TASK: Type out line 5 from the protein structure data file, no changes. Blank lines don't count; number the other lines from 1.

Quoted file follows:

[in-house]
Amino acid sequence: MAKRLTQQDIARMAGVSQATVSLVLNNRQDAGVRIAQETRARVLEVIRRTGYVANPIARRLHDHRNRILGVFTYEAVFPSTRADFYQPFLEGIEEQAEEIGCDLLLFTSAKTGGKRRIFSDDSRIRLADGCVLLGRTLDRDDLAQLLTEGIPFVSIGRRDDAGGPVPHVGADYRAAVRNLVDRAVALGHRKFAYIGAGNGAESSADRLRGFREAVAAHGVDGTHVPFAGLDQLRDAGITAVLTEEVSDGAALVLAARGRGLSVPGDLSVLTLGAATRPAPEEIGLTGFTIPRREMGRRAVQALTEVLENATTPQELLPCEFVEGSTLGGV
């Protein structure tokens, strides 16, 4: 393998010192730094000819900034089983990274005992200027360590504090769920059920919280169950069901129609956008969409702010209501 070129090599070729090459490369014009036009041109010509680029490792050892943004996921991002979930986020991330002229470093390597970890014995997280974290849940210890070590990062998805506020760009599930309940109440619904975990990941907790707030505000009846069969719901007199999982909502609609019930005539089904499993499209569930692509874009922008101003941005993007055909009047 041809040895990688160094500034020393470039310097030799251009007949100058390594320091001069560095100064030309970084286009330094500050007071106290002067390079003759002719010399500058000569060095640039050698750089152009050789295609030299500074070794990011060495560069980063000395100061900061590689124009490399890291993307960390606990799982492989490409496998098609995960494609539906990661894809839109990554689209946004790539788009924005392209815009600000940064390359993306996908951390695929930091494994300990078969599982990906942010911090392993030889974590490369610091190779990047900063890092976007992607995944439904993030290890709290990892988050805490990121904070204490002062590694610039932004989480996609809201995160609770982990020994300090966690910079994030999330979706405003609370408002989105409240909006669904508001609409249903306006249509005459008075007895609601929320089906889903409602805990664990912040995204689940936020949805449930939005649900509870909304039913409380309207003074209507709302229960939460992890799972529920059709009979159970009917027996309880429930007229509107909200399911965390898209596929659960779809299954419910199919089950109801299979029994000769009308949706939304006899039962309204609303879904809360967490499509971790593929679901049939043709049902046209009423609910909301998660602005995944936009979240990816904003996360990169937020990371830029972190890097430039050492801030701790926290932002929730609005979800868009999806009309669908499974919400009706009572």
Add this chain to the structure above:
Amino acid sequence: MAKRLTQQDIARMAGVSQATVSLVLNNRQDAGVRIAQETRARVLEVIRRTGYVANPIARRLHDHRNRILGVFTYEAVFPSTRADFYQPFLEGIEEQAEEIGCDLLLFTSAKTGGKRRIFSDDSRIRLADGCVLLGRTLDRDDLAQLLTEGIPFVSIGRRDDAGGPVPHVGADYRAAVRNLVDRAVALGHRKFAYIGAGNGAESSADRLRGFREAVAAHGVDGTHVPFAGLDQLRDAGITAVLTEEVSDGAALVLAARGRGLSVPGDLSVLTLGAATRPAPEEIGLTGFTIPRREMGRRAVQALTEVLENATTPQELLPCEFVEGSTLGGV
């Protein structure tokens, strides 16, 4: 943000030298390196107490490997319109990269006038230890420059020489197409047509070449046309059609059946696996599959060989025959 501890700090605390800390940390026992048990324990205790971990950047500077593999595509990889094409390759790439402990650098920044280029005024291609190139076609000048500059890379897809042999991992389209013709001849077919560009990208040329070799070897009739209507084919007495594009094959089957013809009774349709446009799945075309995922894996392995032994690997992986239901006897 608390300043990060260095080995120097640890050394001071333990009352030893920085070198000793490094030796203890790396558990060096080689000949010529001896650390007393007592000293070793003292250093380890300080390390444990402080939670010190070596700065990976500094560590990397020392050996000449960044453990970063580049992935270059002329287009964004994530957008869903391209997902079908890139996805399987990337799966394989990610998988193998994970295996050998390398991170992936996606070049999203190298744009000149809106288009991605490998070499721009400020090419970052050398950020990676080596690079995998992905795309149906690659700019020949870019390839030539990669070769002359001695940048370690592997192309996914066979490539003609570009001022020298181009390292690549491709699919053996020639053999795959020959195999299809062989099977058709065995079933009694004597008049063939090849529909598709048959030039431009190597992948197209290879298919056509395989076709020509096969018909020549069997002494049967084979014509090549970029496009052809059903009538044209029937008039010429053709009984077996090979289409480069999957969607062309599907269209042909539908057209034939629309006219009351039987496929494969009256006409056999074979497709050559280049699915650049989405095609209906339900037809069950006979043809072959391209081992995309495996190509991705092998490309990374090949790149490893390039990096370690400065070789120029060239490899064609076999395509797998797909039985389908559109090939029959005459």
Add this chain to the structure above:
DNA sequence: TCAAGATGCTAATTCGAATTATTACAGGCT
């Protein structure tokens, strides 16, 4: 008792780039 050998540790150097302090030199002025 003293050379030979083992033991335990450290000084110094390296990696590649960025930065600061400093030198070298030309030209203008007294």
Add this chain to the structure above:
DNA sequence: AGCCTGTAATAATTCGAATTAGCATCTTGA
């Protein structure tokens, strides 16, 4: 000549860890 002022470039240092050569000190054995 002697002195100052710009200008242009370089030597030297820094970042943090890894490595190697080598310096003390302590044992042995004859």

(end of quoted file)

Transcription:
Amino acid sequence: MAKRLTQQDIARMAGVSQATVSLVLNNRQDAGVRIAQETRARVLEVIRRTGYVANPIARRLHDHRNRILGVFTYEAVFPSTRADFYQPFLEGIEEQAEEIGCDLLLFTSAKTGGKRRIFSDDSRIRLADGCVLLGRTLDRDDLAQLLTEGIPFVSIGRRDDAGGPVPHVGADYRAAVRNLVDRAVALGHRKFAYIGAGNGAESSADRLRGFREAVAAHGVDGTHVPFAGLDQLRDAGITAVLTEEVSDGAALVLAARGRGLSVPGDLSVLTLGAATRPAPEEIGLTGFTIPRREMGRRAVQALTEVLENATTPQELLPCEFVEGSTLGGV